There are a hundred different reasons to move to a different country – property, retirement, relatives, politics – but adjusting to a new climate or way of life are just two of the things expats have to consider. You might also find that your dollar doesn’t go as far in your new country or that you’re suddenly able to get two sandwiches for the price of one.
So, if you’re planning to make a home abroad part of your New Year’s Resolution for 2017, it’s important to find out just how much basic goods are going to cost you before you start packing up your old life. It’s worth noting that cost of living doesn’t necessarily scale with a country’s overall wealth.
For example, you might be surprised to discover that the most expensive city in the world is Hamilton, Bermuda, while Doha, a city in Qatar, the richest country on earth by GDP, ranks 157. Las Palmas, Spain, at 242 and Luanda, Angola, in fifth are two more surprises thrown out by the Cost of Living Index (COLI), a bi-annual ranking of the world’s cities from Numbeo.
So, with the above in mind, here are the four most expensive countries in the world for American expats and holidaymakers, using the most valuable resource on earth – coffee – as a yardstick.
Swiss cities take five slots in the top ten of the COLI; namely, Zurich, Geneva, Basel, Bern, and Lausanne. It costs $6.06 to buy a cappuccino in Bern, according to an infographic created by Couponbox, compared to $3.15 in New York. The Wall Street Journal indicates that the average monthly living cost in Zurich is $3,600 – not including rent, which is about $2,390 on its own. That’s nearly $6,000 a month to live in the country’s largest city.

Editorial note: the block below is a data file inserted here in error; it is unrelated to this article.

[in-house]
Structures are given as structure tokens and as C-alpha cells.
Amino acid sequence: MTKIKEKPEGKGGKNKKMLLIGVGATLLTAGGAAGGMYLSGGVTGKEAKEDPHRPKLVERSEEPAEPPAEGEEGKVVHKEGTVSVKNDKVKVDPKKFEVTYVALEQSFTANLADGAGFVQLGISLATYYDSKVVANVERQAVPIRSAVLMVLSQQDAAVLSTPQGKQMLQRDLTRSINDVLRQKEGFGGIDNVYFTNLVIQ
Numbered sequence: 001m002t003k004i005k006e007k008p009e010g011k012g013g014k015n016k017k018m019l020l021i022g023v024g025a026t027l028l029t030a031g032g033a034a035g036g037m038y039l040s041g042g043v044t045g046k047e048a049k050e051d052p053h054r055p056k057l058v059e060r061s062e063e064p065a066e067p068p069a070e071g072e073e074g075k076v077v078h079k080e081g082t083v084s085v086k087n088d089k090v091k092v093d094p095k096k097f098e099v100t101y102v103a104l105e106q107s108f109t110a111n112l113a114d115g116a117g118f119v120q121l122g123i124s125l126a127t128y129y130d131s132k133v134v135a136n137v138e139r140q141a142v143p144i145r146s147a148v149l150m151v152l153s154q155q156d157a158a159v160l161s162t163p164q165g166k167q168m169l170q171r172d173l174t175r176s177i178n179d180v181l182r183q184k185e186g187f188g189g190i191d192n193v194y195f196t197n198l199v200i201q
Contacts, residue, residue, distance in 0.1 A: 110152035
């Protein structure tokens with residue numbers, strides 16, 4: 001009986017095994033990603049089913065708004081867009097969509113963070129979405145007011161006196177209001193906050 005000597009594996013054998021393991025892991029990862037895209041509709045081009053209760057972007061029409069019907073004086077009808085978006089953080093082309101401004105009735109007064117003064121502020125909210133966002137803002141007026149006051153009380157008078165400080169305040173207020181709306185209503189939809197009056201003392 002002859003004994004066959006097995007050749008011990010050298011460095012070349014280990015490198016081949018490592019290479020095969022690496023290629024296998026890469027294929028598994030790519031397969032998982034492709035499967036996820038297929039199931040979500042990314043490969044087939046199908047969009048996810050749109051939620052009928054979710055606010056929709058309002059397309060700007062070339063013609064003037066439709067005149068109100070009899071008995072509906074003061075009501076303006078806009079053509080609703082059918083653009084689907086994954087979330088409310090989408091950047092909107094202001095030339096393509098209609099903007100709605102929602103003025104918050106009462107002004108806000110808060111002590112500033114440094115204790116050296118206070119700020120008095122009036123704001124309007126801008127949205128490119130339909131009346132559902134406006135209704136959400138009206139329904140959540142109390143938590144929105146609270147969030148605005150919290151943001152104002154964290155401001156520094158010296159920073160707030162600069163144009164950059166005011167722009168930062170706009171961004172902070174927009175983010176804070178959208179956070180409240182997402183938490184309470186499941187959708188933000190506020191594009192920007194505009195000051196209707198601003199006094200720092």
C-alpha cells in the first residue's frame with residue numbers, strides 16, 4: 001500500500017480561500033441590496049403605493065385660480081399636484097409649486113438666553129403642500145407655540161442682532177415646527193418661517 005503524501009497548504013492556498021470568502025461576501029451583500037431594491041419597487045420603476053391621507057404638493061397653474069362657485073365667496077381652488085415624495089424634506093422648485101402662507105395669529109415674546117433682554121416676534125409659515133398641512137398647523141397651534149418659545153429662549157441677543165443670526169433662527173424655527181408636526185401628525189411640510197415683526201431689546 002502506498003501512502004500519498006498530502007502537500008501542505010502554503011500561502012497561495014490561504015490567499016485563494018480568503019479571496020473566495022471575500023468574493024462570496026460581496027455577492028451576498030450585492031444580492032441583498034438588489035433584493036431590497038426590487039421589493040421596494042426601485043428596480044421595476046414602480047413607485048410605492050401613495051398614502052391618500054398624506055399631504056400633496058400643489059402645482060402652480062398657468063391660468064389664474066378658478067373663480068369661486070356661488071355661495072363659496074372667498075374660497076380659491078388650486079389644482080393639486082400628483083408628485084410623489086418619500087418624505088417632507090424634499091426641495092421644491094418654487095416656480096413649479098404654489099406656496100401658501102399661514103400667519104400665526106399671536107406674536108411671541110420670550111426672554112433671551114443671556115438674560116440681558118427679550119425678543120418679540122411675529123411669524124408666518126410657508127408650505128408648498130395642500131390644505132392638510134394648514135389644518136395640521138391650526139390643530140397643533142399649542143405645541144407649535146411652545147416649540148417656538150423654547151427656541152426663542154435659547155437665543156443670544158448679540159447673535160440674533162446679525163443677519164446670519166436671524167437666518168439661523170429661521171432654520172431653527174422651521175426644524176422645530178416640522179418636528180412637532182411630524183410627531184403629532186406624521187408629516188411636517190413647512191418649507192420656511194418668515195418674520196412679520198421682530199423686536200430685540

While Denmark is only the eighth most expensive place in the world, down from sixth earlier in the year, it has the dubious honor of selling the second-most expensive cappuccino on the planet, at $5.84 for a cup in Copenhagen. It’s a bit of a shame, as food is one of the biggest draws of this tiny Scandinavian country, you might need a loan from Moneylender.dk to afford it. Denmark has 26 restaurants with Michelin stars, with all but six of them based in the capital.
Americans pining for the fjords are in for a shock – places eight, nine, ten, and twelve on the COLI belong to the Norwegian cities of Tromso, Trondheim, Bergen, and Oslo, respectively. It costs $9 for a beer in Norway, $7 for a gallon of milk, and almost $5 for a frothy coffee. In the case of the former, the high cost of food is simply because there’s no competition among supermarkets, with only three major brands for customers to choose from.
Moving outside of Europe isn’t necessarily going to help you get a cheaper cup of Joe – it’ll cost you $3.90 for a cappuccino in Tokyo. Unsurprisingly, Japan ranks sixth on the COLI, behind Iceland. However, it’s arguably cultural things that drive up the cost of living, like small portion sizes and the tradition of giving fruit as a luxury gift. A gift-wrapped melon might set you back $87, for example. Alcohol is very expensive too.
As a closing point, let’s look at the least expensive coffees in the world. In Warsaw, Poland, you can pick up a cappuccino for $2.85 while a coffee in the Greek capital, Athens, costs just $3.07. Americans don’t have to go all that far for a cheap drink though, with outlets in Ottawa, Canada, selling a coffee for $3.12.